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The next time someone from fill-in-the-blank city brags that their hometown has better food than D.C., Washingtonians will have fresh fodder to counter the claim. Michelin announced today that the District will become the 4th U.S. city to get a guide from the prestigious French company, joining Chicago, New York City, and San Francisco.
That means Michelin’s anonymous inspectors have been dining at area restaurants for months and will continue to do so until the first edition publishes on Oct. 13. The first guide will be limited to D.C. proper, but it’s possible future editions will include the greater Metro area.
Though the movie Burnt—starring Bradley Cooper on a quest to gain a third Michelin star—might lead you believe inspectors are easy to spot because of tactics like dropping silverware on the floor to test how quickly it’s noticed by wait staff, it’s far more difficult. Impossible even, according to Michael Ellis, the international director of the Michelin guides. “Michelin inspectors are anonymous food experts, many are former chefs, and they always pay their bill,” he says. They are careful not to visit the same restaurant twice in the same year.
It’s not just the crème de la crème—like, say, Komi, Pineapple & Pearls, or Kinship—that could be awarded stars. “The two- and three-star restaurants probably won’t be a surprise because they’re already pretty well known, what will surprise people are the one-star restaurants,” says Pete Selleck, Michelin North American chairman and president. “This is not a popularity contest, the inspectors are truly professional in what they do. There will be surprises. That is really what the guide is all about.”
The 116-year-old international guide has followed the same five criteria since its inception in 1900. “Quality and freshness of ingredients; mastery of cooking technique; personality of the chef as expressed in the creation of food; consistency over time and consistency throughout the menu; and value for money,” Ellis explains. “That way the quality of a Michelin star will be the same whether it’s in New York, Paris, or Hong Kong.”
But there’s more to a Michelin guide than one, two, and three-star ratings. These only make up 20 percent of each guide, according to Ellis. The guide will also include a host of restaurants where diners can expect a good meal based on food, service, and ambiance. Some D.C. restaurants will fall under the Bib Gourmand category, which Michelin says is for the “frugal foodie.” “We recognize that not everyone will want to go out and have a multi-hundred dollar meal,” Selleck adds. That could mean some of the city’s best ethnic food, be it Ethiopian or El Salvadoran, could get recognized.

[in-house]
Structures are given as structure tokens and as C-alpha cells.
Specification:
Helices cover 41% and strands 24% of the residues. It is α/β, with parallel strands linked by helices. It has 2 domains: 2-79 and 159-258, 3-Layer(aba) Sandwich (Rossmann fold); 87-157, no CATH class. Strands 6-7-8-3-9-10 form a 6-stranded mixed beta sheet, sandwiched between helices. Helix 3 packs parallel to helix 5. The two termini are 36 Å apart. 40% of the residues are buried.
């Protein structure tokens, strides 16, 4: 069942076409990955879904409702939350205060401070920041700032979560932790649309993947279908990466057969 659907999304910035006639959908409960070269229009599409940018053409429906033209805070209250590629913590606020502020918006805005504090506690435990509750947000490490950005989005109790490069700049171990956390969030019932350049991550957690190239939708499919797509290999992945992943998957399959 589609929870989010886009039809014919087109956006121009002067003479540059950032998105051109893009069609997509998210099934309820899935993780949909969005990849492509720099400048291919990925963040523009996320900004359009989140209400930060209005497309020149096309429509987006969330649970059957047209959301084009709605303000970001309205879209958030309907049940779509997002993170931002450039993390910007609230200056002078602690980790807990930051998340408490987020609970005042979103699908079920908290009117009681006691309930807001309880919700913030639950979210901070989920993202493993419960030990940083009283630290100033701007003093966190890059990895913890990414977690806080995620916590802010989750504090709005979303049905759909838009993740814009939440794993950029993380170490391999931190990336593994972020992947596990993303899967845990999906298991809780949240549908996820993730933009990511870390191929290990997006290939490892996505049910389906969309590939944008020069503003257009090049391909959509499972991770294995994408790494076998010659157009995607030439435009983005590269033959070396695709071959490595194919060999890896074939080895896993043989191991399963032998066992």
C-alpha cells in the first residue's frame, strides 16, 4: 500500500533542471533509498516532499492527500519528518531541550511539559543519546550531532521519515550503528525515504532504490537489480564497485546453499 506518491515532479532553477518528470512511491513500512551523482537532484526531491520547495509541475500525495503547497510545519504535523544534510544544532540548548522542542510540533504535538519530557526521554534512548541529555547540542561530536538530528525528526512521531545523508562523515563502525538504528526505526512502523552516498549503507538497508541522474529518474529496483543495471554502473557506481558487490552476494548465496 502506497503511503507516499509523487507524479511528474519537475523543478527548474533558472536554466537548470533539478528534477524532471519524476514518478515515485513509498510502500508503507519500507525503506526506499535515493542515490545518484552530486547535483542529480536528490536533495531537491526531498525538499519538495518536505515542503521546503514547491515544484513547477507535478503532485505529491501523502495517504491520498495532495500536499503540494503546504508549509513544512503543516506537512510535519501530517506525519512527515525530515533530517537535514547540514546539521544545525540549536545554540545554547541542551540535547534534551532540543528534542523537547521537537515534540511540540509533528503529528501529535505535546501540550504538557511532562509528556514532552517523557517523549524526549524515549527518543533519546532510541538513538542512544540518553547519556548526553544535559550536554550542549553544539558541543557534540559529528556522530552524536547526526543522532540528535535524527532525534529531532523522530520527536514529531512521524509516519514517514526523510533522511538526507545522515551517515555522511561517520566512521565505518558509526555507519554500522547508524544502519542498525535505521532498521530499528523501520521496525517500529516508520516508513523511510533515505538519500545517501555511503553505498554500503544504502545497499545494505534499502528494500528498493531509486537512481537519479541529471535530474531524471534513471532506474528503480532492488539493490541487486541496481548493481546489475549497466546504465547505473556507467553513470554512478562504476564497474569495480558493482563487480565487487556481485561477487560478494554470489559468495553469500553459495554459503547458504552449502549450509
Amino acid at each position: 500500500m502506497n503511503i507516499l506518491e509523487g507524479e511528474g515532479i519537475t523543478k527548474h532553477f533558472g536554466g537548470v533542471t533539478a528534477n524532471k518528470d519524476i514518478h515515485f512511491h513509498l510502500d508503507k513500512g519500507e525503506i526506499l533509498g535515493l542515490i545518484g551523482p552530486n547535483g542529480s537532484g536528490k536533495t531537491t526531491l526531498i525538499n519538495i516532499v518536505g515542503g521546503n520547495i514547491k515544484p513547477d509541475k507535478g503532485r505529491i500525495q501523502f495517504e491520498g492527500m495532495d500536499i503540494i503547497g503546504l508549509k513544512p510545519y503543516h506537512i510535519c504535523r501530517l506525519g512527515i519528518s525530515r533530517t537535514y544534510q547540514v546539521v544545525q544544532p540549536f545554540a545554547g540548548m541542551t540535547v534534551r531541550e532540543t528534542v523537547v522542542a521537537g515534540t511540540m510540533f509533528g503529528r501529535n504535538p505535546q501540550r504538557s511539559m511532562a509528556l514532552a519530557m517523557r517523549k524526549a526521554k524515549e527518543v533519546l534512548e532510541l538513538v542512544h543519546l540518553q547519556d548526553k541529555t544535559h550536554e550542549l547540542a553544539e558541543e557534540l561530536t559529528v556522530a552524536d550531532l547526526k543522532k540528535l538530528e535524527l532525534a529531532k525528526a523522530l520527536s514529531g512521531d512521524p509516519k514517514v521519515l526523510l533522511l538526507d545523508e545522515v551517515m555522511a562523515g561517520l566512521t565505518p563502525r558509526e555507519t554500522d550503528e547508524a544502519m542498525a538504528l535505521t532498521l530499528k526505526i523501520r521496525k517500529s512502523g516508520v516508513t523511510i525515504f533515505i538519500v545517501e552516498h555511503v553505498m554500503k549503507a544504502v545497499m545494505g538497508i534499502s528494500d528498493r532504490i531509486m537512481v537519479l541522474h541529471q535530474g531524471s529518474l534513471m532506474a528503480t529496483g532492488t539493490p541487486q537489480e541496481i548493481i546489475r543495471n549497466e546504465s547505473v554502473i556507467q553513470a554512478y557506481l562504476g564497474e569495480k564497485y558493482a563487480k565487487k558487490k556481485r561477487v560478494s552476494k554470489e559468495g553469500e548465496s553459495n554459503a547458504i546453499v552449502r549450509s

The international nature of D.C. was one of the major draws for Michelin, as the original guidebooks were aimed at travelers. According to Selleck, a Michelin guide is likely to boost tourism because “people seek out stars.”
The other reason D.C. is now on the short list of Michelin cities in America has been the dining’s scene’s swift evolution. “It’s always been very good here, but now it’s the best it’s ever been, and hopefully this guide will continue to promote it so people can really understand the valuable culinary scene that exists,” Selleck says.
Mayor Muriel Bowser acknowledged the changing food scene at a National Press Club press conference this morning for the announcement. “You can go now on 14th street where we have nearly 100 restaurants in 11 blocks,” she says. “You can go to H Street, Shaw, Adams Morgan, Anacostia and everywhere in between, but we’re kind of greedy and want more.”
Chef April Bloomfield was also at the press conference. She holds two stars in New York, one for The Spotted Pig and the other for The Breslin Bar & Dining Room. She explains that when the guide comes out, restaurants can’t go back to business as usual. She says it’s just as nerve-racking waiting to find out if your restaurant has retained its star or stars. “Every year, we chefs nervously wait by the telephone,” she says. “Getting a star doesn’t mean you can relax, it means you have to work harder.”
Despite all the Michelin hype, there’s still the question of whether something created more than a century ago is still relevant. Even Michelin has had its doubts.
“With all of the online rating systems that have come out, there was a concern 10 years ago that a guide of this sort with a professional process to go through might have outlived its usefulness,” Selleck says, “but people are recognizing that there is a need for professional navigation.”